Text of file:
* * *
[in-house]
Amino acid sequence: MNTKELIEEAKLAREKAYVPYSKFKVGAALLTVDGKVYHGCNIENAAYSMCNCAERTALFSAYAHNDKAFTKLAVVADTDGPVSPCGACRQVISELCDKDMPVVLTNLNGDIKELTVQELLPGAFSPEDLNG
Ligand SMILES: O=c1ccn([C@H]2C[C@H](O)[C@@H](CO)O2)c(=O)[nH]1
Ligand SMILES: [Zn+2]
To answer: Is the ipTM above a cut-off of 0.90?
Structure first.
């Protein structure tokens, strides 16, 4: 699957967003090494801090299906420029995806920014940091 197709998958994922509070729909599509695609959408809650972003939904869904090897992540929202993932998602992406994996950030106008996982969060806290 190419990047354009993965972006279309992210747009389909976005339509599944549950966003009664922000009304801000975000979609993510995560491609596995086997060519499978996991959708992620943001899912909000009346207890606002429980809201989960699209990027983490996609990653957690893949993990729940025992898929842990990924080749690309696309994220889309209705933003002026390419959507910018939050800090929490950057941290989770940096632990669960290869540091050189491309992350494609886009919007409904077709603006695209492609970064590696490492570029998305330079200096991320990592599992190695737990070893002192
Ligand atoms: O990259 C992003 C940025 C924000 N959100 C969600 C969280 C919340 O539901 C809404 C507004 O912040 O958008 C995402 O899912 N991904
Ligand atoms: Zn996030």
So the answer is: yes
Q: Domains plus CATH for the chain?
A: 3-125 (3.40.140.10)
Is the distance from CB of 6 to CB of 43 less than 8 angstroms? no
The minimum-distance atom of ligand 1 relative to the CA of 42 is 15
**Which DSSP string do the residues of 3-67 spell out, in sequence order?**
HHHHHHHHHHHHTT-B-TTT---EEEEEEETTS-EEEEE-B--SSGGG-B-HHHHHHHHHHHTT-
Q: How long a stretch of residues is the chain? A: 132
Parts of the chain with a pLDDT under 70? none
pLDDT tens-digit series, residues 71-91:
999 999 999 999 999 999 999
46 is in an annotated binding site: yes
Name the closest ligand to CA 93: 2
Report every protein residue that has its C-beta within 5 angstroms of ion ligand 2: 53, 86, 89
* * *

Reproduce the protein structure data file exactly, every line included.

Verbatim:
[in-house]
Amino acid sequence: MNTKELIEEAKLAREKAYVPYSKFKVGAALLTVDGKVYHGCNIENAAYSMCNCAERTALFSAYAHNDKAFTKLAVVADTDGPVSPCGACRQVISELCDKDMPVVLTNLNGDIKELTVQELLPGAFSPEDLNG
Ligand SMILES: O=c1ccn([C@H]2C[C@H](O)[C@@H](CO)O2)c(=O)[nH]1
Ligand SMILES: [Zn+2]
To answer: Is the ipTM above a cut-off of 0.90?
Structure first.
């Protein structure tokens, strides 16, 4: 699957967003090494801090299906420029995806920014940091 197709998958994922509070729909599509695609959408809650972003939904869904090897992540929202993932998602992406994996950030106008996982969060806290 190419990047354009993965972006279309992210747009389909976005339509599944549950966003009664922000009304801000975000979609993510995560491609596995086997060519499978996991959708992620943001899912909000009346207890606002429980809201989960699209990027983490996609990653957690893949993990729940025992898929842990990924080749690309696309994220889309209705933003002026390419959507910018939050800090929490950057941290989770940096632990669960290869540091050189491309992350494609886009919007409904077709603006695209492609970064590696490492570029998305330079200096991320990592599992190695737990070893002192
Ligand atoms: O990259 C992003 C940025 C924000 N959100 C969600 C969280 C919340 O539901 C809404 C507004 O912040 O958008 C995402 O899912 N991904
Ligand atoms: Zn996030």
So the answer is: yes
Q: Domains plus CATH for the chain?
A: 3-125 (3.40.140.10)
Is the distance from CB of 6 to CB of 43 less than 8 angstroms? no
The minimum-distance atom of ligand 1 relative to the CA of 42 is 15
**Which DSSP string do the residues of 3-67 spell out, in sequence order?**
HHHHHHHHHHHHTT-B-TTT---EEEEEEETTS-EEEEE-B--SSGGG-B-HHHHHHHHHHHTT-
Q: How long a stretch of residues is the chain? A: 132
Parts of the chain with a pLDDT under 70? none
pLDDT tens-digit series, residues 71-91:
999 999 999 999 999 999 999
46 is in an annotated binding site: yes
Name the closest ligand to CA 93: 2
Report every protein residue that has its C-beta within 5 angstroms of ion ligand 2: 53, 86, 89